Editor’s Note: The AMI QT devotionals from February 8 to 14 are co-written by the AMI Teaching Pastor Ryun Chang (Ph.D.) and Joshua Chang, a graduate of Swarthmore College and currently a student at Yale Divinity School. They are taking a break from the study of Acts.
Devotional Thoughts for Today
2 Corinthians 4:17-8
For this light momentary affliction is preparing for us an eternal weight of glory beyond all comparison, as we look not to the things that are seen but to the things that are unseen. For the things that are seen are transient, but the things that are unseen are eternal.
In the pit of “momentary affliction,” there is the struggle for meaning, answers, comfort, God; the darkness covers us. Jesus is the light, but sometimes, Jesus does not take away the pain—the cancer is still there, the job is still lost, our loved ones are still dead.
From the Scriptures, I can only cull, for now, some brief ways of how the Christian story, through the lens of unseen, can help us to find our way through suffering. First, don’t waste your suffering: even though we may never know the answer to why we have suffered, we can use it to still give glory to God, for example, by reflecting on how we can use the occasion to bring light to others. Bitterness can’t be an option. Second, trust that God is good and knows what He is doing: God is all-wise and perfectly holy; no one can understand why He allows all that He allows. Yet we trust that God does so for good and not evil. Third, we are not alone: Psalm 23 tells us this: we will suffer, but God is with us when we do. Finally, endure and hope: We endure our pain with God by our side: we pray to Him, we rely on Him, knowing that one day, it will all be over. There will be no pain, only the goodness of God.
I find it best here to close with the reflections of one who has suffered with Christ as his strength; the following is a passage by theologian Jack Deere and his thoughts on his and his wife’s ordeal regarding the suicide of their adult son: “God did not remove my pain. The death of my son was the darkest, hardest 10 years of my life. We retreated from the world. We lived in a cave. My son’s death was the door to that cave. We crept in further and further trying to escape the pain, the insanity of it all. The death of my son was also the door to a deeper walk with God…. Even if we retreat to a cave, Jesus will come and find us, get us and take us out of that cave to a party that will never end.”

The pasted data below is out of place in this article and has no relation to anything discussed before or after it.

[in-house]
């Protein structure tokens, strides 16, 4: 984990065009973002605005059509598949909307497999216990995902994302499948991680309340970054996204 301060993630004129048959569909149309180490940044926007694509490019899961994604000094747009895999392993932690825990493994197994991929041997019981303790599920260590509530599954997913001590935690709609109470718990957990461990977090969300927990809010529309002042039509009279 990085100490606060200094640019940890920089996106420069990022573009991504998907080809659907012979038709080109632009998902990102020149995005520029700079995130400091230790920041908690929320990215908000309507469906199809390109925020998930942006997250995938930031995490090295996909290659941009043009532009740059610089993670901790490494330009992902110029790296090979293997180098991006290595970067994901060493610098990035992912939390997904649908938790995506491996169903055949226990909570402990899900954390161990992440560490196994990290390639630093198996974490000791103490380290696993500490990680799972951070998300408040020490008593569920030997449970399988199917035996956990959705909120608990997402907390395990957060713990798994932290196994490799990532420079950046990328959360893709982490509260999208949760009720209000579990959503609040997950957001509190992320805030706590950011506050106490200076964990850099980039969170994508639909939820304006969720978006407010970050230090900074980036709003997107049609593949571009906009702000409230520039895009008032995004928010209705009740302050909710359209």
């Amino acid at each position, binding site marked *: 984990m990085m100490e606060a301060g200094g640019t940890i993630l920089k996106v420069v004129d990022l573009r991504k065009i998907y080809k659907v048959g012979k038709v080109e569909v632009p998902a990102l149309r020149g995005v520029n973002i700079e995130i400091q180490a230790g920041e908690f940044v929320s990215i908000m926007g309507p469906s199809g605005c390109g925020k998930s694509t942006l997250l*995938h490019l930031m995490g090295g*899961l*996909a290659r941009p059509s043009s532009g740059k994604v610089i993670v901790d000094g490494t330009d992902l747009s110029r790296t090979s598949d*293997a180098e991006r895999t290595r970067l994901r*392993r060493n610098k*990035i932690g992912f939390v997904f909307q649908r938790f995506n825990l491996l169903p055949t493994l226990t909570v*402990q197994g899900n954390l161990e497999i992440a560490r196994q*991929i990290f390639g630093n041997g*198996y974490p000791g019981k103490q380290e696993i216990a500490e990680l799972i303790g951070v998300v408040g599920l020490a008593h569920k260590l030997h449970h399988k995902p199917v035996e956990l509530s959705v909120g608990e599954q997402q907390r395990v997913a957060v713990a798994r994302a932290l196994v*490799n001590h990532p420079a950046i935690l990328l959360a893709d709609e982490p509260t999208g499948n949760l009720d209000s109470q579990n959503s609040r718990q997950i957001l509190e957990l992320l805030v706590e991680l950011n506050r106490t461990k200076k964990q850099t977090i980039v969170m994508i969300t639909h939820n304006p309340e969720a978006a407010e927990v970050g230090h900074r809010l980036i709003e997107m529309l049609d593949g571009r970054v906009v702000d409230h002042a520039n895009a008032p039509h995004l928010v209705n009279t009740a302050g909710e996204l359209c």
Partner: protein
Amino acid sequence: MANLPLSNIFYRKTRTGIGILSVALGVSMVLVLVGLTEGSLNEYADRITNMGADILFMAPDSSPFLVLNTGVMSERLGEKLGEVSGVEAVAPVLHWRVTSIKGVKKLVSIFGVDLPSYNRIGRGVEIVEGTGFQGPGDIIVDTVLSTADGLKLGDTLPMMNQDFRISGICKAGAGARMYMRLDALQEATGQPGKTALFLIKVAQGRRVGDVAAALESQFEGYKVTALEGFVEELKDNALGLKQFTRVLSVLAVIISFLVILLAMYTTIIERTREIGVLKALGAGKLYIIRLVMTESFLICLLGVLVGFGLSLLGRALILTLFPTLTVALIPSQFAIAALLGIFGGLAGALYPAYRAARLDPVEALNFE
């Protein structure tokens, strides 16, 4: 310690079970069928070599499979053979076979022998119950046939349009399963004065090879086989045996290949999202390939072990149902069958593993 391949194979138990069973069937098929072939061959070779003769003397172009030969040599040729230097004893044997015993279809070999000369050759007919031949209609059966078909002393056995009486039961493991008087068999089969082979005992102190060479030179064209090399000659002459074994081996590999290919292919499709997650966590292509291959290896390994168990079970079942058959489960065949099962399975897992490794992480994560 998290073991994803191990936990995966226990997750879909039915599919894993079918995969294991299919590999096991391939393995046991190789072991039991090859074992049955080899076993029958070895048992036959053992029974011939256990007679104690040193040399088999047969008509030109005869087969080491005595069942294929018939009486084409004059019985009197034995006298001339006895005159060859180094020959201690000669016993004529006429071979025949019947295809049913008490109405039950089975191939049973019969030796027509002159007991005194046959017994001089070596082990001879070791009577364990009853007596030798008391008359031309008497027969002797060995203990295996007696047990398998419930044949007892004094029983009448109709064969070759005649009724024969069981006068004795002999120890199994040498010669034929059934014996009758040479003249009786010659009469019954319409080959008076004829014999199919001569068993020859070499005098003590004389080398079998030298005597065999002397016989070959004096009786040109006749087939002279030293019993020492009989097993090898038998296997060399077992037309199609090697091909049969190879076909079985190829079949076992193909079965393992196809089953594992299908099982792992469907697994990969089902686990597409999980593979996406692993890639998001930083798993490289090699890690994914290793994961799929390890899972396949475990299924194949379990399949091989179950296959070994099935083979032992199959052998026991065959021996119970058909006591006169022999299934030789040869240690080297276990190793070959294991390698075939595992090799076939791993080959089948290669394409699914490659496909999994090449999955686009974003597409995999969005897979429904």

Prayer: Father, I stand amazed at Your steadfast presence in my life. Of course, I don’t always feel that way since I walk by sight in response to the things that are seen, instead of by faith of the things that are unseen. God, remind and empower me to walk by faith based on Your eternal word and truth. In Jesus’ name. Amen.
Bible Reading for Today: Genesis 40
Lunch Break Study
Read 2 Corinthians 1:3-4: Blessed be the God and Father of our Lord Jesus Christ, the Father of mercies and God of all comfort, who comforts us in all our affliction, so that we may be able to comfort those who are in any affliction, with the comfort with which we ourselves are comforted by God.
Habakkuk 3:17-9: Though the fig tree should not blossom, nor fruit be on the vines, the produce of the olive fail and the fields yield no food, the flock be cut off from the fold and there be no herd in the stalls, yet I will rejoice in the LORD; I will take joy in the God of my salvation. God, the Lord, is my strength.
Question to Consider
- In the morning devotional, we read that those who suffered can use their experience as a way to bring light to others. In what sense does 2 Cor. 1:3-4 support that view?
- God orchestrated the forthcoming disaster described by Prophet Habakkuk in response to the unrepentant Israel, by allowing the ruthless Babylonians to ransack Israel. The prophet protested (“The wicked swallow up those more righteous than themselves”), but to avail. Now, re-read Habakkuk 3:17-9; what did the prophet learn about God through this?
- What are the situations in your life that are causing you to feel anxious, to worry and even to feel pain?
- It is always noble for someone to try to comfort those who are suffering, but that doesn’t mean the effort equals effectiveness. Apostle Paul states that the sufferers whom God comforted are uniquely enabled to help those who are presently suffering.
- I think Habakkuk finally realized and accepted what it means to worship a holy God— and unrepentance will not be tolerated. Instead of being appalled by that realization, the prophet rejoiced over this God who does so “for our own good, that we may share in his holiness” (Heb. 12:10).
- Identify them first and then bring those concerns before the Lord.
Before going to bed, meditate on Lamentations 3:22-4: “My soul continually remembers it and is bowed down within me. But this I call to mind, and therefore I have hope: The steadfast love of the LORD never ceases; his mercies never come to an end; they are new every morning; great is your faithfulness. ‘The LORD is my portion,’ says my soul, ‘therefore I will hope in him’”. May you rest tonight in this hope.